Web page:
Mozilla has released Firefox 6.0, barely two months after the previous version of the popular browser hit the Web.
The latest release is available via Mozilla's Website. The organization also moved Firefox 7 to beta, according to a posting on the MozillaWiki. Mozilla is keeping this release a low-key affair, as befitting a browser update that's mostly tweaks to compatibility and performance, including reduced startup times and some new highlighting in the address bar. Aside from the latter, noticeable changes to the user interface are pretty much nonexistent.
This newest version arrives a mere two months after Firefox 5, which itself debuted some three months after Firefox 4 entered the marketplace. This could be a response to aggressive posturing by rivals such as Google Chrome.
For consumers, upgrading most likely won't represent that much of a hassle: They click "download," and a few minutes later (depending on your connection speed), they're tooling around with a new browser. Larger enterprises, though, have expressed a bit more concern about this rapid cadence, with IT administrators claiming it snarls their ability to deploy the browser throughout their organizations in a timely and consistent way.
"I have 500,000 users on Firefox 3.6," read a much-circulated comment by IBM's John Walicki on a June 21 blog posting by Firefox developer and consultant Michael Kaply. "I'm now in the terrible position of choosing to deploy a Firefox 4 release with potentially unpatched vulnerabilities, reset the test cycle for thousands of internal apps to validate Firefox 5 or stay on a patched Firefox 3.6.x."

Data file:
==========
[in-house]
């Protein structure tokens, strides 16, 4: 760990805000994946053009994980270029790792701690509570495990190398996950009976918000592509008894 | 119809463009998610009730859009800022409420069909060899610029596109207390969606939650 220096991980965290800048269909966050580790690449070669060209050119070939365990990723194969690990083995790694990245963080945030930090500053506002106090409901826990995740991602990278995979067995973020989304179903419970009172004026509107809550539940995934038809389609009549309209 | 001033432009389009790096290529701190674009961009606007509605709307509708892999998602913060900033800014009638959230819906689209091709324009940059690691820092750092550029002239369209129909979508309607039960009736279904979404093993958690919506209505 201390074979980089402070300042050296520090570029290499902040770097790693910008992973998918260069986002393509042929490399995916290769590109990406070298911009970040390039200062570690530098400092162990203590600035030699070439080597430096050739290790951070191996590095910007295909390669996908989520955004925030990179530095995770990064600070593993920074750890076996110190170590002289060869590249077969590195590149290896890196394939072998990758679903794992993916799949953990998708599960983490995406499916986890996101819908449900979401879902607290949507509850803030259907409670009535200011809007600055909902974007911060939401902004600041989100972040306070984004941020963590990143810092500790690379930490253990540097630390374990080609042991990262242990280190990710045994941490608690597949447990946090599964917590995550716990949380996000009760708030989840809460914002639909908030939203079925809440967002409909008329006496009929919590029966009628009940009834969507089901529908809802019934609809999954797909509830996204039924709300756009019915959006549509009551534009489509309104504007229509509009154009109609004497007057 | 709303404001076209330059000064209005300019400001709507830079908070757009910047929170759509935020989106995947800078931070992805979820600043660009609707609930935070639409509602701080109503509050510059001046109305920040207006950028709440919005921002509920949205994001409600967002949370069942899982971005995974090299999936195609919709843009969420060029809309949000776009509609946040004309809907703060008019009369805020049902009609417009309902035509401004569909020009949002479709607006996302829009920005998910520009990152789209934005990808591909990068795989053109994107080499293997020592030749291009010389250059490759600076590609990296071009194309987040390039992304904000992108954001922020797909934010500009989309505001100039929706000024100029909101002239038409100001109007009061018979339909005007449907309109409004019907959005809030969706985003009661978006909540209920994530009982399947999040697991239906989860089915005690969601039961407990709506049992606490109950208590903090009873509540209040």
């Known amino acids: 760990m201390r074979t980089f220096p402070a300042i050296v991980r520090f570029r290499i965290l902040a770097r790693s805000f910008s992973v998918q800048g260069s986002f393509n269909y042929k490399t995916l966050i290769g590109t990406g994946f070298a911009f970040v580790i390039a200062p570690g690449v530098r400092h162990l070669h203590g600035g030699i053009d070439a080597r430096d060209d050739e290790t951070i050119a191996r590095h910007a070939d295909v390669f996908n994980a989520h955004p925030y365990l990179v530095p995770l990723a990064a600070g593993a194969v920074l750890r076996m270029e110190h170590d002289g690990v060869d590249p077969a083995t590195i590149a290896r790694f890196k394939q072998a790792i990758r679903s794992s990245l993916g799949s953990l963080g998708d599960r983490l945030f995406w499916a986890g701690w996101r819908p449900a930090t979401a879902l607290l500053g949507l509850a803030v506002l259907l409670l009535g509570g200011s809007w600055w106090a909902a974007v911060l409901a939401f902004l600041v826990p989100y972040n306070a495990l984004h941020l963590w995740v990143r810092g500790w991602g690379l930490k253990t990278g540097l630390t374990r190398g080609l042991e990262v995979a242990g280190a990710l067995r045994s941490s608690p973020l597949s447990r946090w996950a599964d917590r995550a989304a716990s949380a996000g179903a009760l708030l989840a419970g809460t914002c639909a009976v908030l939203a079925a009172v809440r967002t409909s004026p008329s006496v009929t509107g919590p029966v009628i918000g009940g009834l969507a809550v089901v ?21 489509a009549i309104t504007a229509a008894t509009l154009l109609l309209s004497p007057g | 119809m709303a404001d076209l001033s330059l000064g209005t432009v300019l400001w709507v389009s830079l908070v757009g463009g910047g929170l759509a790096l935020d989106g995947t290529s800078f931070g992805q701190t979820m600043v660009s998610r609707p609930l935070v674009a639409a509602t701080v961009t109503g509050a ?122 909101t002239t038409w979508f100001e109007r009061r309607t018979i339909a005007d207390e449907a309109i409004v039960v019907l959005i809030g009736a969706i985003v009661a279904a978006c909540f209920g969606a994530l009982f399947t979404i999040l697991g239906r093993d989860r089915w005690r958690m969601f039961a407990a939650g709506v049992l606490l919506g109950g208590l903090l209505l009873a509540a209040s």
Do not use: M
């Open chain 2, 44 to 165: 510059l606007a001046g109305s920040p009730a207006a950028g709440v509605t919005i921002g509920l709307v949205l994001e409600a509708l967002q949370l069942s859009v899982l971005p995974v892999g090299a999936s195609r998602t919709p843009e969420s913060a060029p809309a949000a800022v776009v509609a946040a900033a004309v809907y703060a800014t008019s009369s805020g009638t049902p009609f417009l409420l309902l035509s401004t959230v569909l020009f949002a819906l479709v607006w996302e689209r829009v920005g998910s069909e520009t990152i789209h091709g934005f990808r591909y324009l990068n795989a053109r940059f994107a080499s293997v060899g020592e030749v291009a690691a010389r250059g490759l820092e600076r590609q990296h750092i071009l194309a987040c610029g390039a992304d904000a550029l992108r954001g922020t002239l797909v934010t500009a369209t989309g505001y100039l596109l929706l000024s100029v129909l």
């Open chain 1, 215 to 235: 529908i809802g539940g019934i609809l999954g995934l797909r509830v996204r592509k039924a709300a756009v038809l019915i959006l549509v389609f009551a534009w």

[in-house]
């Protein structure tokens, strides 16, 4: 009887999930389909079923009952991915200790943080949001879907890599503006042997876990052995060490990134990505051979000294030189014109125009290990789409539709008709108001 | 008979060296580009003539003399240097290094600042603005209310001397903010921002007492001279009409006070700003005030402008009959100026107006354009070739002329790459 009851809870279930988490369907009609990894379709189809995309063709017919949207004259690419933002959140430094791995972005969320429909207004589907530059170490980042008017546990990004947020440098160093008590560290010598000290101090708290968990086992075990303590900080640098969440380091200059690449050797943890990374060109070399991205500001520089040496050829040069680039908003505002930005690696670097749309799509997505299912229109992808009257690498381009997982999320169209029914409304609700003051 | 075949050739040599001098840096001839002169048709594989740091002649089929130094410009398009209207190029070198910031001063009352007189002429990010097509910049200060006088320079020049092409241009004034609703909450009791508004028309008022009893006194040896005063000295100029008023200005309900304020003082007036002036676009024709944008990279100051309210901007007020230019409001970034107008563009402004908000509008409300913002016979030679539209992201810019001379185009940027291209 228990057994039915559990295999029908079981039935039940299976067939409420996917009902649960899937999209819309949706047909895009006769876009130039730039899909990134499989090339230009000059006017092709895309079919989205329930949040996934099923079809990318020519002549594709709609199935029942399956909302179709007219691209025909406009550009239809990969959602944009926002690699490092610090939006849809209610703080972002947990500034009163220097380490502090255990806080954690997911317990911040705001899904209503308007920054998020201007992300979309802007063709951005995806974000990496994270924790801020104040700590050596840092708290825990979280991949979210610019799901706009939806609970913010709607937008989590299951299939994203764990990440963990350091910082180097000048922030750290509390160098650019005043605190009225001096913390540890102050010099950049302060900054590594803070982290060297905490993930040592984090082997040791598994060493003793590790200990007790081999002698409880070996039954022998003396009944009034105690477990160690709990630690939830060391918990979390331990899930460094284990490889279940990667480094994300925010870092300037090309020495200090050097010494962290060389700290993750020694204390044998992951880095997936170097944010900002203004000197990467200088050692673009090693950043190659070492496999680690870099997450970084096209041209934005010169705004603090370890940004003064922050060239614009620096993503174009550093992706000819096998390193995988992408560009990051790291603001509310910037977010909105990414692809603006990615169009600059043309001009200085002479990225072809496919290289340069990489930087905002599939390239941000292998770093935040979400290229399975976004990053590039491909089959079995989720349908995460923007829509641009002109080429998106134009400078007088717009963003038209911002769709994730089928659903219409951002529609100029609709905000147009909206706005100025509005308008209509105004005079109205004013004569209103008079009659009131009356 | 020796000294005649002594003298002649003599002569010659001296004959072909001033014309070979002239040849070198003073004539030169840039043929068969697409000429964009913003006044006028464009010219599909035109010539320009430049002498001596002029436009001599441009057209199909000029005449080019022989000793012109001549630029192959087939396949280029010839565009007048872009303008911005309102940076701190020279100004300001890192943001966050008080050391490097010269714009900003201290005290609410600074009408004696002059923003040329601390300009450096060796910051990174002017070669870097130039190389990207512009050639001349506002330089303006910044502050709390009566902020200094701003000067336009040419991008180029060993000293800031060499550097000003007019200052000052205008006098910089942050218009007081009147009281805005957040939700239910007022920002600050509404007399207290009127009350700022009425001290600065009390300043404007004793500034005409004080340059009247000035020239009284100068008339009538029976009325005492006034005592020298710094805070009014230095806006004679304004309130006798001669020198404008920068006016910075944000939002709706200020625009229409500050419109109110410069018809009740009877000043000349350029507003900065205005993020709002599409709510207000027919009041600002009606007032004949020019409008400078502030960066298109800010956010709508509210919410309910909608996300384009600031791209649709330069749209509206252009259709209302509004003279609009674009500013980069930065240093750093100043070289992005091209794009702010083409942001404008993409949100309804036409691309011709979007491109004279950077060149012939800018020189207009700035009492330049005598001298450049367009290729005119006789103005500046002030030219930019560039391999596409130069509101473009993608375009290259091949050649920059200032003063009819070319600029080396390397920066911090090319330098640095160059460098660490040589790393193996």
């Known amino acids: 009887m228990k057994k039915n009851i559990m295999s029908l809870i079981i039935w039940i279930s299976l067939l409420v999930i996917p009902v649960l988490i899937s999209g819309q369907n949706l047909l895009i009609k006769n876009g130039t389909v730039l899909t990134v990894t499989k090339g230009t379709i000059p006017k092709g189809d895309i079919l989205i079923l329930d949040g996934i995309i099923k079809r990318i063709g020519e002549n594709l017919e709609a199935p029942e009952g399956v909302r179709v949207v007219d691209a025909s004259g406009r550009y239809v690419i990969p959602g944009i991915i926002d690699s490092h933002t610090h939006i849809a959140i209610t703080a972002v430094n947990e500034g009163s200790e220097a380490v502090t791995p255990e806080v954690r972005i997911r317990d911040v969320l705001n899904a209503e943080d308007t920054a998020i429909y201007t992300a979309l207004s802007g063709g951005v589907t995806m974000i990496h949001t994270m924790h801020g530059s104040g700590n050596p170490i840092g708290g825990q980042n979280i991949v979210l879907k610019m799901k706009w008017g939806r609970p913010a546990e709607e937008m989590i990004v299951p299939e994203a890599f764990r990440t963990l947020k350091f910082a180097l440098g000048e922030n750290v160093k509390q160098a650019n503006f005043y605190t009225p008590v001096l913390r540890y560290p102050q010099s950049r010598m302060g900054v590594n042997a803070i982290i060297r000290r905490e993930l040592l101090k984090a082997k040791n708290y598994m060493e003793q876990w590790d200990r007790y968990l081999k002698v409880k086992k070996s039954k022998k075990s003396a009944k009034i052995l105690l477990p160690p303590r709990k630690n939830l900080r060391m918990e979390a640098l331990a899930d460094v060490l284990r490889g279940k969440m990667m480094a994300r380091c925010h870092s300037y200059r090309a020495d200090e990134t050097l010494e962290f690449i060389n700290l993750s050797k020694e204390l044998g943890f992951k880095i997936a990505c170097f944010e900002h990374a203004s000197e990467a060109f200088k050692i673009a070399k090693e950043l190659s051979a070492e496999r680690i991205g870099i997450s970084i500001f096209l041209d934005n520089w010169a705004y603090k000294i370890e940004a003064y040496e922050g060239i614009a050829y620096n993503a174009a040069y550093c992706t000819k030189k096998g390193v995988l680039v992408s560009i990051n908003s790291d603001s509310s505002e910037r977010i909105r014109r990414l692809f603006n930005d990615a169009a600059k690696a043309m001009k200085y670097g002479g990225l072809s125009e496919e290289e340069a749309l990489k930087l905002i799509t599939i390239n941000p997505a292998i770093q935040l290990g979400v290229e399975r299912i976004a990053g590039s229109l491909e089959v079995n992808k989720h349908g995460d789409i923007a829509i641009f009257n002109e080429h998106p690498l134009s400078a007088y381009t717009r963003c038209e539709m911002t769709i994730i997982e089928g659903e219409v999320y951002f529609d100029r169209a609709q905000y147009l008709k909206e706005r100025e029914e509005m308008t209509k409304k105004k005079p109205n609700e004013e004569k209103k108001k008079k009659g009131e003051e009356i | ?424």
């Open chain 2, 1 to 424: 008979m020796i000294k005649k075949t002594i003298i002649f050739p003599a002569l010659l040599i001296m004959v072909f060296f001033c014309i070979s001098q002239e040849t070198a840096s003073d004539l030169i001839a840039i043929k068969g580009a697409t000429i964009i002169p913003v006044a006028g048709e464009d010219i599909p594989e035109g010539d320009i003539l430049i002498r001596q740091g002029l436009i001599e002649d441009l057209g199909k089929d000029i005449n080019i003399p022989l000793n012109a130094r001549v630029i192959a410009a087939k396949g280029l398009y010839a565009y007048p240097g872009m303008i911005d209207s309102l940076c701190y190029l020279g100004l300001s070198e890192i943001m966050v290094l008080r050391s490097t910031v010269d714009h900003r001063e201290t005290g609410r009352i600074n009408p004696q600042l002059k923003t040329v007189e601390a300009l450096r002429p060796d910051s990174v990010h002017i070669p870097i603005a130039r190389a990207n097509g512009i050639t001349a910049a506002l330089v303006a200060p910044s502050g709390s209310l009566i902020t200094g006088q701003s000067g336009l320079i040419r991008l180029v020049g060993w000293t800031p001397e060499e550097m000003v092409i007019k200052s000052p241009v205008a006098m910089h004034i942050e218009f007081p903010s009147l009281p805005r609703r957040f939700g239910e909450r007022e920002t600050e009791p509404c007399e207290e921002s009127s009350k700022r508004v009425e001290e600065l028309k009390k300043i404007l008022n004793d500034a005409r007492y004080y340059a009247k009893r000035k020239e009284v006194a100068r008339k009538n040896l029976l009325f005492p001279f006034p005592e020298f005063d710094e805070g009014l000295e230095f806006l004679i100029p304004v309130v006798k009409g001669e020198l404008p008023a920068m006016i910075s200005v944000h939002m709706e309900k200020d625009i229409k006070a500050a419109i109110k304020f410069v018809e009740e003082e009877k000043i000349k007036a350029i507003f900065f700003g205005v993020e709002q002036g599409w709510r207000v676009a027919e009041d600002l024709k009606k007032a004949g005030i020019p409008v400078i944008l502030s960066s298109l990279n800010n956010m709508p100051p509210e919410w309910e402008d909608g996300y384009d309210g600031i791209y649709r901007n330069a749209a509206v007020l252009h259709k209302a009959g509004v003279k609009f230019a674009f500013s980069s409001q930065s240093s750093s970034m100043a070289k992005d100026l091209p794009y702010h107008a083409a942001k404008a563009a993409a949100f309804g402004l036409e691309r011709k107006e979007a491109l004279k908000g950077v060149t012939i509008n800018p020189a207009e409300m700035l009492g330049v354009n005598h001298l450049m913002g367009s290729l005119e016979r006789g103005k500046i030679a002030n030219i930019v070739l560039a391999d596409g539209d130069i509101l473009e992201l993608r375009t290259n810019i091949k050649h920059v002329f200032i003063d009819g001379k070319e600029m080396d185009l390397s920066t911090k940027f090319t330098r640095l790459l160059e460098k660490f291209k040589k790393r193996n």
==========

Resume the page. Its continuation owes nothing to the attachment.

A debate quickly erupted from there, with one Mozilla coordinator insisting in Kaply's blog comments that, "Enterprise has never been (and I'll argue, shouldn't be) a focus of ours." Mozilla's rivals then leapt into the fray, with one Microsoft executive taking to the blogs to tout Internet Explorer's commitment to corporate customers. It had all the markings of the sort of public-relations snafu that organizations pay lots of money to lots of people to avoid.
"Enterprises are built of people," Mozilla CEO Gary Kovacs tweeted June 28, "and Mozilla is fundamentally about people. We support Firefox users wherever they are."
Mozilla's method for extinguishing the fire turned out to be very publicly re-establishing a Mozilla Enterprise User Working Group as a place, in the words of a July 19 post on The Mozilla Blog, "for enterprise developers, IT staff and Firefox developers to discuss the challenges, ideas and best practices for deploying Firefox in the enterprise."
Whether that group proves effective for enterprise IT pros, the latter could certainly have its collective hands full with Firefox's new release schedule.